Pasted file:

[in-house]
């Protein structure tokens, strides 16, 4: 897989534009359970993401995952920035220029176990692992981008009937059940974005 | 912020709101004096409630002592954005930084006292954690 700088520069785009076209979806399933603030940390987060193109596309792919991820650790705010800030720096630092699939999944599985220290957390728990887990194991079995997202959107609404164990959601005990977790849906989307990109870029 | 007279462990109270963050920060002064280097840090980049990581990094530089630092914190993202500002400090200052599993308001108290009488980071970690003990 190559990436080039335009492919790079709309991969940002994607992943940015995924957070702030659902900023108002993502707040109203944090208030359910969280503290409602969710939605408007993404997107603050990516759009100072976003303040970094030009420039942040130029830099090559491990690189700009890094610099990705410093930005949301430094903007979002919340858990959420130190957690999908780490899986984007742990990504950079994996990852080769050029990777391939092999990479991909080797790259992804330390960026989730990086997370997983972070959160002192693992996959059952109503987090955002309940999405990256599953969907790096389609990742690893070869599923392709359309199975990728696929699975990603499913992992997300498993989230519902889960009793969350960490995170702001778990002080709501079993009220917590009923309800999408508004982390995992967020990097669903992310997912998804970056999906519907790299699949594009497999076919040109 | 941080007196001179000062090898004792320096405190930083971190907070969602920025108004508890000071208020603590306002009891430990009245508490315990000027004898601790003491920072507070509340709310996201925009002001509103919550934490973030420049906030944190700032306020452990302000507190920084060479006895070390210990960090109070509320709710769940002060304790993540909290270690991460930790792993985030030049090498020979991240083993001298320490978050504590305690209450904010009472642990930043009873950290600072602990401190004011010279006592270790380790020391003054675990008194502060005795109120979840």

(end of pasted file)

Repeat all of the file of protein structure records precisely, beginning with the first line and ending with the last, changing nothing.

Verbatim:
[in-house]
């Protein structure tokens, strides 16, 4: 897989534009359970993401995952920035220029176990692992981008009937059940974005 | 912020709101004096409630002592954005930084006292954690 700088520069785009076209979806399933603030940390987060193109596309792919991820650790705010800030720096630092699939999944599985220290957390728990887990194991079995997202959107609404164990959601005990977790849906989307990109870029 | 007279462990109270963050920060002064280097840090980049990581990094530089630092914190993202500002400090200052599993308001108290009488980071970690003990 190559990436080039335009492919790079709309991969940002994607992943940015995924957070702030659902900023108002993502707040109203944090208030359910969280503290409602969710939605408007993404997107603050990516759009100072976003303040970094030009420039942040130029830099090559491990690189700009890094610099990705410093930005949301430094903007979002919340858990959420130190957690999908780490899986984007742990990504950079994996990852080769050029990777391939092999990479991909080797790259992804330390960026989730990086997370997983972070959160002192693992996959059952109503987090955002309940999405990256599953969907790096389609990742690893070869599923392709359309199975990728696929699975990603499913992992997300498993989230519902889960009793969350960490995170702001778990002080709501079993009220917590009923309800999408508004982390995992967020990097669903992310997912998804970056999906519907790299699949594009497999076919040109 | 941080007196001179000062090898004792320096405190930083971190907070969602920025108004508890000071208020603590306002009891430990009245508490315990000027004898601790003491920072507070509340709310996201925009002001509103919550934490973030420049906030944190700032306020452990302000507190920084060479006895070390210990960090109070509320709710769940002060304790993540909290270690991460930790792993985030030049090498020979991240083993001298320490978050504590305690209450904010009472642990930043009873950290600072602990401190004011010279006592270790380790020391003054675990008194502060005795109120979840």